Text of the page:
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Integral form of Maxwell equations.

  1. Jun 15, 2015 #1
    I have been studying the Maxwell equations recently (namely the integral forms of them). Of course I had to study line integrals before that. Well, I went to a hyperphysics page to look up the equations:


    I noticed that the notations for those integrals do not match the notations for line integrals of vector fields that I learned on the following page:


    (Look in the last two blue boxes on the page I just posted)

    The integrals in the Maxwell equations on the hyperphysics page have differentials (dA and ds) that have the vector arrow head symbols over them.

    In the line integrals on the Calculus III page (http://tutorial.math.lamar.edu/Classes/CalcIII/CurlDivergence.aspx) in the last two blue boxes, you can see that the differentials dA and ds are present either in the line integral itself or in the double integral. However, on this page those differentials do not have arrow heads over them.

    This makes me question whether the integrals in the Maxwell equations are actually even line integrals or if they are surface integrals. I wonder this because I notice that on this page on surface integrals (http://tutorial.math.lamar.edu/Classes/CalcIII/SurfIntVectorField.aspx) the integrals have the differential ds with an arrow head over it (unlike on the page with the line integrals). That aspect is similar to some of the integrals in the Maxwell equations on the hyperphysics page. However, the ds (w/ arrow head) differential is only present within double integrals on the page about surface integrals (unlike in the hyperphysics page where the ds w/ arrow head differential is present in integrals that look like line integrals that satisfy Green's theorem.) Additionally, I haven't seen any surface integrals that have the circle in the middle of the integral sign like the ones on the hyperphysics page. I have only seen that on line integrals. Finally, no dA (w/ arrowhead) differential appears on the surface integral page. This is why I question what type of integrals the hyperphysics page is using.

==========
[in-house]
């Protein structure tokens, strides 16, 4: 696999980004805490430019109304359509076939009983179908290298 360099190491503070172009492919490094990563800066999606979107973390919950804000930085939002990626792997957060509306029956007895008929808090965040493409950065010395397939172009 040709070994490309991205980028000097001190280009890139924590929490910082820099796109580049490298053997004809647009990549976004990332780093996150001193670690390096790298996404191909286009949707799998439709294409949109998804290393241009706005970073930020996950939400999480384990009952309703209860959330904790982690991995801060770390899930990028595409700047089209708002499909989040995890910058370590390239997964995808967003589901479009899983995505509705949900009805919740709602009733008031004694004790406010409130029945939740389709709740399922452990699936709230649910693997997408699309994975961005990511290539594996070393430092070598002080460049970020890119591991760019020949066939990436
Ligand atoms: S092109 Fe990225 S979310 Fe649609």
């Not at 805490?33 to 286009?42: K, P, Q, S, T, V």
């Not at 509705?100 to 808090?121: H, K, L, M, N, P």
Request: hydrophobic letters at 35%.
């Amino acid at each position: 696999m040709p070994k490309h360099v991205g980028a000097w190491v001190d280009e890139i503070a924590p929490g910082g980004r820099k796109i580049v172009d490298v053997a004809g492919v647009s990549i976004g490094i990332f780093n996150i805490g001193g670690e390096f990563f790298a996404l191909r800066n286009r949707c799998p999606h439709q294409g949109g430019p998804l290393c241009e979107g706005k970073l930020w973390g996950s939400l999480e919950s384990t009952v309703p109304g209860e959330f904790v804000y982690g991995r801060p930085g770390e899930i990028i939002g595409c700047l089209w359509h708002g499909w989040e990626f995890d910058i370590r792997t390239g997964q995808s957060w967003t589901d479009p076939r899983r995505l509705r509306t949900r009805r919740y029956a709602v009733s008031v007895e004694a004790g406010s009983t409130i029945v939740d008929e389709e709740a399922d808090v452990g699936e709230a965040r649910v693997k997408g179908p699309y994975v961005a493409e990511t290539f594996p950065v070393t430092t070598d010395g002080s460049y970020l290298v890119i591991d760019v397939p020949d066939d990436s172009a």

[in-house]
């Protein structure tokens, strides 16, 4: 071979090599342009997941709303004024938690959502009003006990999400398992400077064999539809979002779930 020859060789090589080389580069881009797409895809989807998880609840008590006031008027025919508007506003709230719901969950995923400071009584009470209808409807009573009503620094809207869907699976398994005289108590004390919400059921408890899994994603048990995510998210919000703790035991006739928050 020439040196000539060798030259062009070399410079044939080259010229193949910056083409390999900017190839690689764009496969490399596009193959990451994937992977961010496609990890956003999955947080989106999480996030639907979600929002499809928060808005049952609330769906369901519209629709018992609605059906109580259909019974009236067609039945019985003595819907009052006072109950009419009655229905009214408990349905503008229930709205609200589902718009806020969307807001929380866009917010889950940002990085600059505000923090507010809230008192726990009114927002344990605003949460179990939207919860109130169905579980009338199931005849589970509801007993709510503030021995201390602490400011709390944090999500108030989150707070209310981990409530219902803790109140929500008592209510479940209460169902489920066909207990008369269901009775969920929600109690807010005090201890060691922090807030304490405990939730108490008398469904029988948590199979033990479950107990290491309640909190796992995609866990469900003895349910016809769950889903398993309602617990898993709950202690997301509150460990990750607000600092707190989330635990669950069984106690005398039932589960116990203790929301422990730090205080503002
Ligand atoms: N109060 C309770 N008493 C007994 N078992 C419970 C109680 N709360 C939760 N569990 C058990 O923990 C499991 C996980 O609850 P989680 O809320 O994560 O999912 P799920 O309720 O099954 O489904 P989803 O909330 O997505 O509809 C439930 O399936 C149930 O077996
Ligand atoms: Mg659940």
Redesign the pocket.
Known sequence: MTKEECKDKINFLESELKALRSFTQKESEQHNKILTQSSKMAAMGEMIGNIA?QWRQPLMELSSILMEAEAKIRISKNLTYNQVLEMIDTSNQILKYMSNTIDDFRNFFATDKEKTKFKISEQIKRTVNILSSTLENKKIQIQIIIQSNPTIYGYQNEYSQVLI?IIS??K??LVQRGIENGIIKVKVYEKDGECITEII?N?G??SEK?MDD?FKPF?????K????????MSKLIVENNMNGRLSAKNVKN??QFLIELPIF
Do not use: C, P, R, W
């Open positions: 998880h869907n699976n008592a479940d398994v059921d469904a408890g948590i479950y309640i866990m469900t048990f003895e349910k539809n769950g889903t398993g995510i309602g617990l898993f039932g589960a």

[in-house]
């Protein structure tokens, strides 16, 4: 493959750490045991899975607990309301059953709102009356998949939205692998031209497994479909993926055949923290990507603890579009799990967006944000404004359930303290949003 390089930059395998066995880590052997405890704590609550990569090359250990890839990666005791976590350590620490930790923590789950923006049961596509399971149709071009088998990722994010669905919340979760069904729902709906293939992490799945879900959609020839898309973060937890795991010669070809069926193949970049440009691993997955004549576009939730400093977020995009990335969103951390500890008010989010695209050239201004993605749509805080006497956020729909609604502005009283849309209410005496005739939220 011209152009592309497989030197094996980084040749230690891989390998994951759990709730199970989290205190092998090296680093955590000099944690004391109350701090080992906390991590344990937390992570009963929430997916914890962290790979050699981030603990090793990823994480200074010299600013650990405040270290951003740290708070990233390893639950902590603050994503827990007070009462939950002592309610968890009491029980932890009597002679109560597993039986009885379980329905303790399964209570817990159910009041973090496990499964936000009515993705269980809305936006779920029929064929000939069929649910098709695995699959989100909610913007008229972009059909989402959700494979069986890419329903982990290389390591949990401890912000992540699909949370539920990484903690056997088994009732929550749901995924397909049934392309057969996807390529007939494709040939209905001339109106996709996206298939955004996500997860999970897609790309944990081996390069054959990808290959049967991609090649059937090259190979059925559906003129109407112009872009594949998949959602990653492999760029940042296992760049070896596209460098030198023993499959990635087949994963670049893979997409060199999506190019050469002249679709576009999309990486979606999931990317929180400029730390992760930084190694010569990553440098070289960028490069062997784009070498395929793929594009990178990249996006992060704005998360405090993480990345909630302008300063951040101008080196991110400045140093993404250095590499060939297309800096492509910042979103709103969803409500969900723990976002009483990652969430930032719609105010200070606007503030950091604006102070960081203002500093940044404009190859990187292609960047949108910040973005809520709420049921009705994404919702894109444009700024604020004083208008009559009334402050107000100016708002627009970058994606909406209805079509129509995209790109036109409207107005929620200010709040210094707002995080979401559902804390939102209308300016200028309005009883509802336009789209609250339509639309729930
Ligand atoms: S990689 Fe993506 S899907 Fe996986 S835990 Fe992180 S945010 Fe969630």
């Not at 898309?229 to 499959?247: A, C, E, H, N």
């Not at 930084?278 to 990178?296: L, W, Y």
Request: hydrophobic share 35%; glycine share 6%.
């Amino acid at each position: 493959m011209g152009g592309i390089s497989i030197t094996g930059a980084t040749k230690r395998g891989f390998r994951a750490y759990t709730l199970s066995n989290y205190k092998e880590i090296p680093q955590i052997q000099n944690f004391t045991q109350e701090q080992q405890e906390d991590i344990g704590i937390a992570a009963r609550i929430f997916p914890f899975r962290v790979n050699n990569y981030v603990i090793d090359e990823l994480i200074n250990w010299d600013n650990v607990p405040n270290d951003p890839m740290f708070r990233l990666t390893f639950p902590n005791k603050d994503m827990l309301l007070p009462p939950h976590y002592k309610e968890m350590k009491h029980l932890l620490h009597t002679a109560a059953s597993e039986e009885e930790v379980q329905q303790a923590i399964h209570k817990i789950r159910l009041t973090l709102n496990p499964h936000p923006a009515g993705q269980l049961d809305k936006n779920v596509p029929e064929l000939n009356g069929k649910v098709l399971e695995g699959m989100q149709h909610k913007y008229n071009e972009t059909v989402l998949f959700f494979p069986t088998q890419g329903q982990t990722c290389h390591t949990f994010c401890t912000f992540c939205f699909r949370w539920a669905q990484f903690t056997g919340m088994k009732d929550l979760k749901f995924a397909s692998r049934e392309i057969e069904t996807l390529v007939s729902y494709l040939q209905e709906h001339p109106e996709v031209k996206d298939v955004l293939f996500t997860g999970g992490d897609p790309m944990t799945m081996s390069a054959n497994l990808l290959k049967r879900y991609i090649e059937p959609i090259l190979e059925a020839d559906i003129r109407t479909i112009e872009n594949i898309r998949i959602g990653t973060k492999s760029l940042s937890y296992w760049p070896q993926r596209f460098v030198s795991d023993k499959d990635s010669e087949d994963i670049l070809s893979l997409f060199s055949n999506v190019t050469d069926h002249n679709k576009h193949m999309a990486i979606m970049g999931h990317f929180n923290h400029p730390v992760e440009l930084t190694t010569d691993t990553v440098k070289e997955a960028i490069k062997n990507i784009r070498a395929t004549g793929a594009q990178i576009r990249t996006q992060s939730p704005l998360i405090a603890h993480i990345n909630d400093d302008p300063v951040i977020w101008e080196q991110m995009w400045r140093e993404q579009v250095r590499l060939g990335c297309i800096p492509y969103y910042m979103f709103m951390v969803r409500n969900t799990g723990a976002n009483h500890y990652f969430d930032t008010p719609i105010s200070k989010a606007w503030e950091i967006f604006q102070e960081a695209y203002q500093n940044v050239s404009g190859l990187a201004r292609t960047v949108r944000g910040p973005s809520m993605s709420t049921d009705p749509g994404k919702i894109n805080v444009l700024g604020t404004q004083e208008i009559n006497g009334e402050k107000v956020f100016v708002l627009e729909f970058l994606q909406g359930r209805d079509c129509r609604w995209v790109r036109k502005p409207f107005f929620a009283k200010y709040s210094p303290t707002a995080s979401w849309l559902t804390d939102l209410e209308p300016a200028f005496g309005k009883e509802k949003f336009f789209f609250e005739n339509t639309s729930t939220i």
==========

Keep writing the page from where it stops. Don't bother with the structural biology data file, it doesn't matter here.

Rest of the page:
In short, is the hyperphysics page using line integrals, surface integrals, or some other type of integral? If it is using line integrals, then which type of line integral is each equation using. Are Gauss' two laws the type of vector field line integrals that use the curl, while Faraday's law of induction and Ampere's law are the type that uses the divergence (or vice versa)? If you want to know what I mean by these two types, then here is what I mean:
    http://tutorial.math.lamar.edu/Classes/CalcIII/CurlDivergence.aspx (last two blue boxes)
  2. jcsd
  3. Jun 15, 2015 #2

    Simon Bridge

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    Your problem is unclear as you have described it - please be specific.

    I'll explain:
    It is very common for notation to differ between sources - you get used to it. You need to use context to make the correct associations.

    To tell the difference, use the physical situation they are describing and not the notation for clues.
    Maxwell's equations are better understood in differential form though.

    The hyperphysics page you link to spells out which they mean for each one in the following sections. Each description has a link to an example that also makes the matter clear.

    ... this is spelled out in the second section where the names of the equations are stated followed by the differential form as divergence and curl.
    perhaps you will benefit from a refresher in nabla notation: https://en.wikipedia.org/wiki/Del
  4. Jun 15, 2015 #3
    There is no Maxwell equation in integral form in the second web page.
    Last edited: Jun 16, 2015
  5. Jun 16, 2015 #4

    Simon Bridge

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    I understood the second page (the Paul's Calculus notes page) was introduced to show notation learned for integrals of vector spaces.
    However, the page only has two integrals in it - div and curl forms of Green's Theorem.

    The page does not teach integral notation for vector fields - instead it teaches the basics of div and curl.
    The notation in the hyperphysics page is consistent with the notation used in Paul's Maths notes.
    Note: ##\vec k\mathrm{d}A = \mathrm{d}\vec A = \vec{\mathrm{d} A}## because Paul uses ##\vec k## as the standard unit normal to the surface element dA while hyperphysics combines the two in the same notation. Perhaps this is where the confusion arises?
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